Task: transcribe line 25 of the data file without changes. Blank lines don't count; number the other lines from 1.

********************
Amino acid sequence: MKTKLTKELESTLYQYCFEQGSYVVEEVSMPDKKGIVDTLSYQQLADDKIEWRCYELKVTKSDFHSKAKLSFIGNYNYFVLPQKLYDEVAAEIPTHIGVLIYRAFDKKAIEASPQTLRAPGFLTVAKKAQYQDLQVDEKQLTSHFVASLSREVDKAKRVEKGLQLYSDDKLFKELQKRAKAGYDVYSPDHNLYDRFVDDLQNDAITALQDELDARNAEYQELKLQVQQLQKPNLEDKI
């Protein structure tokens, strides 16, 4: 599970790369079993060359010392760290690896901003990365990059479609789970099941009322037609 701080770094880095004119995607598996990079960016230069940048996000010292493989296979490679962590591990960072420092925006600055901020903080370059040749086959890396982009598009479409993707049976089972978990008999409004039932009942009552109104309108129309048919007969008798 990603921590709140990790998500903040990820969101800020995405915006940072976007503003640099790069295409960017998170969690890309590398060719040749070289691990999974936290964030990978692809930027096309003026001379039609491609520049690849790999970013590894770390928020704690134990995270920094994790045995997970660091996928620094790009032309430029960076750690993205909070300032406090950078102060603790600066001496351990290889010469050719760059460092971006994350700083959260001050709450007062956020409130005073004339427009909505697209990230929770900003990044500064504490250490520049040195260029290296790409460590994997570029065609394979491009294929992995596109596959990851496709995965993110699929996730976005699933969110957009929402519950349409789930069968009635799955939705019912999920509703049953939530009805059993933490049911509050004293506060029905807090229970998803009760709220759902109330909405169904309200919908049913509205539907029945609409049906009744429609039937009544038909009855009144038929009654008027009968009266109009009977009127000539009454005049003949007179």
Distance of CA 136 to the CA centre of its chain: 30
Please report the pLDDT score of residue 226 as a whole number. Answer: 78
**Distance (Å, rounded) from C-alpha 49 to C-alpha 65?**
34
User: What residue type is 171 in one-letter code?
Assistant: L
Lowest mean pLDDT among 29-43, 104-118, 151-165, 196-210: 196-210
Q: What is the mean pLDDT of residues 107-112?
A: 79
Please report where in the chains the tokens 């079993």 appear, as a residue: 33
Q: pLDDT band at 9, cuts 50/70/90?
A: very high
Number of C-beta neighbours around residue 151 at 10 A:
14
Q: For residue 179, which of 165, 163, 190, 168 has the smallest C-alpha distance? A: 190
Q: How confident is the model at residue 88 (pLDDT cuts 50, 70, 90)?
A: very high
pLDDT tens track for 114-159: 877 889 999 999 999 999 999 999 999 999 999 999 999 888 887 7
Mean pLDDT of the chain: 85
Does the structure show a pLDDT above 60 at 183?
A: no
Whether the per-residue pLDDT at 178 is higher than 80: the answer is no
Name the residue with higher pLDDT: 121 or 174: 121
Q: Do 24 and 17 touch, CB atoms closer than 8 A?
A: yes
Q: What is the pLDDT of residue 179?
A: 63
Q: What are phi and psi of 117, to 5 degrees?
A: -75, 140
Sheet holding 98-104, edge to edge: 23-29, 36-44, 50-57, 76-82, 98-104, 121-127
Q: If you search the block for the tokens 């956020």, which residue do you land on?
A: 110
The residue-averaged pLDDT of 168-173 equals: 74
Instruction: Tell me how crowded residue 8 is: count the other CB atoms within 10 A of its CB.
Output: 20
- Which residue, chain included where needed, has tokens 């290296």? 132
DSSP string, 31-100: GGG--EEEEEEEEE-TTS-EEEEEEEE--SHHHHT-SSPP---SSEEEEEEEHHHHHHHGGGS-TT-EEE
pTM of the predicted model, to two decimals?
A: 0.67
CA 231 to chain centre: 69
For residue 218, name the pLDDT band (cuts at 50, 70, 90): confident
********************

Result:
Name the residue with higher pLDDT: 121 or 174: 121